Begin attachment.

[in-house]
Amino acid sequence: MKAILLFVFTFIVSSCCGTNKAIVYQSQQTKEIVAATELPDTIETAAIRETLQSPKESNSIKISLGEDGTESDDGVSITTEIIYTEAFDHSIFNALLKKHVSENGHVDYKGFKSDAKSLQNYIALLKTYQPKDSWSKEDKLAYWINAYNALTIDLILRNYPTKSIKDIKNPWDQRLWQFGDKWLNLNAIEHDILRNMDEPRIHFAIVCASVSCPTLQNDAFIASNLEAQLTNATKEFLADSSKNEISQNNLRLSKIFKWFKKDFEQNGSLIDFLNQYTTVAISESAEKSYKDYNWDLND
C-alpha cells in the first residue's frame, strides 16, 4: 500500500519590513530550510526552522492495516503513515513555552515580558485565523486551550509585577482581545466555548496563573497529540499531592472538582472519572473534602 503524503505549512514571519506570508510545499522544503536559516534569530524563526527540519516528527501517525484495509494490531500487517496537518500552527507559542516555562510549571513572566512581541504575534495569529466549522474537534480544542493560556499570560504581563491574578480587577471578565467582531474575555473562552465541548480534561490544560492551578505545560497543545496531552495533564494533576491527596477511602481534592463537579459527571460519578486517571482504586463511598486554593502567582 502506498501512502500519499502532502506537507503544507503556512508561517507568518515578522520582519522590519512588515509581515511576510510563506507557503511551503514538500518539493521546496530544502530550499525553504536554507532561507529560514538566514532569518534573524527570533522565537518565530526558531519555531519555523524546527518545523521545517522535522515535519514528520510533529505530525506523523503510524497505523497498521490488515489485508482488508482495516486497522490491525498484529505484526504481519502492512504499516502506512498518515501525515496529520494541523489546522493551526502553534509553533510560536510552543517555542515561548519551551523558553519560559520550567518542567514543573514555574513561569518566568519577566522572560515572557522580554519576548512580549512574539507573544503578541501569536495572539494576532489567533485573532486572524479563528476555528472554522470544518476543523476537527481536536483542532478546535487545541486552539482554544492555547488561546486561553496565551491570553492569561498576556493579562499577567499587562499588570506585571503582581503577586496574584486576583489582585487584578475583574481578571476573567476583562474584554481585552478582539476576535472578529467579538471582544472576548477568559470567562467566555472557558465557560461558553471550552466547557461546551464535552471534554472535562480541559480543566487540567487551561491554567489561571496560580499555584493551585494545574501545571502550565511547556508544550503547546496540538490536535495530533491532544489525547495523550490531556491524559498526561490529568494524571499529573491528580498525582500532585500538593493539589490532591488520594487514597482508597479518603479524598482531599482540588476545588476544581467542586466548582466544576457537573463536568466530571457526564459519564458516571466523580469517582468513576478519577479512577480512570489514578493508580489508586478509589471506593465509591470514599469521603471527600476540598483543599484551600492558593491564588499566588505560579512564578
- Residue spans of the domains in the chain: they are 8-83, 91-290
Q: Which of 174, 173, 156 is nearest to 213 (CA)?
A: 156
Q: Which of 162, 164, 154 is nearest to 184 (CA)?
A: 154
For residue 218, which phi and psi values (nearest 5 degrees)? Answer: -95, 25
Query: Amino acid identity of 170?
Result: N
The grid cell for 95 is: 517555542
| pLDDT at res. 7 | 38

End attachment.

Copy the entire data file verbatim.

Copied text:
[in-house]
Amino acid sequence: MKAILLFVFTFIVSSCCGTNKAIVYQSQQTKEIVAATELPDTIETAAIRETLQSPKESNSIKISLGEDGTESDDGVSITTEIIYTEAFDHSIFNALLKKHVSENGHVDYKGFKSDAKSLQNYIALLKTYQPKDSWSKEDKLAYWINAYNALTIDLILRNYPTKSIKDIKNPWDQRLWQFGDKWLNLNAIEHDILRNMDEPRIHFAIVCASVSCPTLQNDAFIASNLEAQLTNATKEFLADSSKNEISQNNLRLSKIFKWFKKDFEQNGSLIDFLNQYTTVAISESAEKSYKDYNWDLND
C-alpha cells in the first residue's frame, strides 16, 4: 500500500519590513530550510526552522492495516503513515513555552515580558485565523486551550509585577482581545466555548496563573497529540499531592472538582472519572473534602 503524503505549512514571519506570508510545499522544503536559516534569530524563526527540519516528527501517525484495509494490531500487517496537518500552527507559542516555562510549571513572566512581541504575534495569529466549522474537534480544542493560556499570560504581563491574578480587577471578565467582531474575555473562552465541548480534561490544560492551578505545560497543545496531552495533564494533576491527596477511602481534592463537579459527571460519578486517571482504586463511598486554593502567582 502506498501512502500519499502532502506537507503544507503556512508561517507568518515578522520582519522590519512588515509581515511576510510563506507557503511551503514538500518539493521546496530544502530550499525553504536554507532561507529560514538566514532569518534573524527570533522565537518565530526558531519555531519555523524546527518545523521545517522535522515535519514528520510533529505530525506523523503510524497505523497498521490488515489485508482488508482495516486497522490491525498484529505484526504481519502492512504499516502506512498518515501525515496529520494541523489546522493551526502553534509553533510560536510552543517555542515561548519551551523558553519560559520550567518542567514543573514555574513561569518566568519577566522572560515572557522580554519576548512580549512574539507573544503578541501569536495572539494576532489567533485573532486572524479563528476555528472554522470544518476543523476537527481536536483542532478546535487545541486552539482554544492555547488561546486561553496565551491570553492569561498576556493579562499577567499587562499588570506585571503582581503577586496574584486576583489582585487584578475583574481578571476573567476583562474584554481585552478582539476576535472578529467579538471582544472576548477568559470567562467566555472557558465557560461558553471550552466547557461546551464535552471534554472535562480541559480543566487540567487551561491554567489561571496560580499555584493551585494545574501545571502550565511547556508544550503547546496540538490536535495530533491532544489525547495523550490531556491524559498526561490529568494524571499529573491528580498525582500532585500538593493539589490532591488520594487514597482508597479518603479524598482531599482540588476545588476544581467542586466548582466544576457537573463536568466530571457526564459519564458516571466523580469517582468513576478519577479512577480512570489514578493508580489508586478509589471506593465509591470514599469521603471527600476540598483543599484551600492558593491564588499566588505560579512564578
- Residue spans of the domains in the chain: they are 8-83, 91-290
Q: Which of 174, 173, 156 is nearest to 213 (CA)?
A: 156
Q: Which of 162, 164, 154 is nearest to 184 (CA)?
A: 154
For residue 218, which phi and psi values (nearest 5 degrees)? Answer: -95, 25
Query: Amino acid identity of 170?
Result: N
The grid cell for 95 is: 517555542
| pLDDT at res. 7 | 38